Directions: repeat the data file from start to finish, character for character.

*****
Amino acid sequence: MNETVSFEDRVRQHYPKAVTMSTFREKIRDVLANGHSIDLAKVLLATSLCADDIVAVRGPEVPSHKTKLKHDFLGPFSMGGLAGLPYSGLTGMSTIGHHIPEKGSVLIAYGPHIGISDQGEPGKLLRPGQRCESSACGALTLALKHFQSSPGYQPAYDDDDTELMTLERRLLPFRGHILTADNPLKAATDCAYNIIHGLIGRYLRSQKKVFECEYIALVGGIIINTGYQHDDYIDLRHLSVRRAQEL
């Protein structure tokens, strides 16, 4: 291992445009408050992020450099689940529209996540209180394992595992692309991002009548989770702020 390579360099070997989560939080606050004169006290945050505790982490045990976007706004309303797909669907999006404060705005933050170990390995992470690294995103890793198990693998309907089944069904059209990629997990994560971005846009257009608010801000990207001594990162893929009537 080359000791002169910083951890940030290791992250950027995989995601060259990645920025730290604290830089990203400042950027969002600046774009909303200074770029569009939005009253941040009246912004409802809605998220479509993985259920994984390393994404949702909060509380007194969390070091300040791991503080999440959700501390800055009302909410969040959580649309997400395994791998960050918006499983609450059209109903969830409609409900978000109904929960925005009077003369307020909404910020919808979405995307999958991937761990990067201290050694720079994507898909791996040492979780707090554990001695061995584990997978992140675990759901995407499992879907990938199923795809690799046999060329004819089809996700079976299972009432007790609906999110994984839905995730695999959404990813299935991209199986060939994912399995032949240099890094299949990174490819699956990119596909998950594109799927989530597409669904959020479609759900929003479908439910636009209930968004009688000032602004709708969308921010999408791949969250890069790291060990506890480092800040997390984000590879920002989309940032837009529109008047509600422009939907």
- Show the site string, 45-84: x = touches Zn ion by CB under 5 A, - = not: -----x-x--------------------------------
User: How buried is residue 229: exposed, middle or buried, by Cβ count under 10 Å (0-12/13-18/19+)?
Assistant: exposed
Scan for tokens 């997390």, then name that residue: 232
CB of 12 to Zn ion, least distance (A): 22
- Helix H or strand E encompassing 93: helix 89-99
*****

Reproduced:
Amino acid sequence: MNETVSFEDRVRQHYPKAVTMSTFREKIRDVLANGHSIDLAKVLLATSLCADDIVAVRGPEVPSHKTKLKHDFLGPFSMGGLAGLPYSGLTGMSTIGHHIPEKGSVLIAYGPHIGISDQGEPGKLLRPGQRCESSACGALTLALKHFQSSPGYQPAYDDDDTELMTLERRLLPFRGHILTADNPLKAATDCAYNIIHGLIGRYLRSQKKVFECEYIALVGGIIINTGYQHDDYIDLRHLSVRRAQEL
């Protein structure tokens, strides 16, 4: 291992445009408050992020450099689940529209996540209180394992595992692309991002009548989770702020 390579360099070997989560939080606050004169006290945050505790982490045990976007706004309303797909669907999006404060705005933050170990390995992470690294995103890793198990693998309907089944069904059209990629997990994560971005846009257009608010801000990207001594990162893929009537 080359000791002169910083951890940030290791992250950027995989995601060259990645920025730290604290830089990203400042950027969002600046774009909303200074770029569009939005009253941040009246912004409802809605998220479509993985259920994984390393994404949702909060509380007194969390070091300040791991503080999440959700501390800055009302909410969040959580649309997400395994791998960050918006499983609450059209109903969830409609409900978000109904929960925005009077003369307020909404910020919808979405995307999958991937761990990067201290050694720079994507898909791996040492979780707090554990001695061995584990997978992140675990759901995407499992879907990938199923795809690799046999060329004819089809996700079976299972009432007790609906999110994984839905995730695999959404990813299935991209199986060939994912399995032949240099890094299949990174490819699956990119596909998950594109799927989530597409669904959020479609759900929003479908439910636009209930968004009688000032602004709708969308921010999408791949969250890069790291060990506890480092800040997390984000590879920002989309940032837009529109008047509600422009939907």
- Show the site string, 45-84: x = touches Zn ion by CB under 5 A, - = not: -----x-x--------------------------------
User: How buried is residue 229: exposed, middle or buried, by Cβ count under 10 Å (0-12/13-18/19+)?
Assistant: exposed
Scan for tokens 């997390």, then name that residue: 232
CB of 12 to Zn ion, least distance (A): 22
- Helix H or strand E encompassing 93: helix 89-99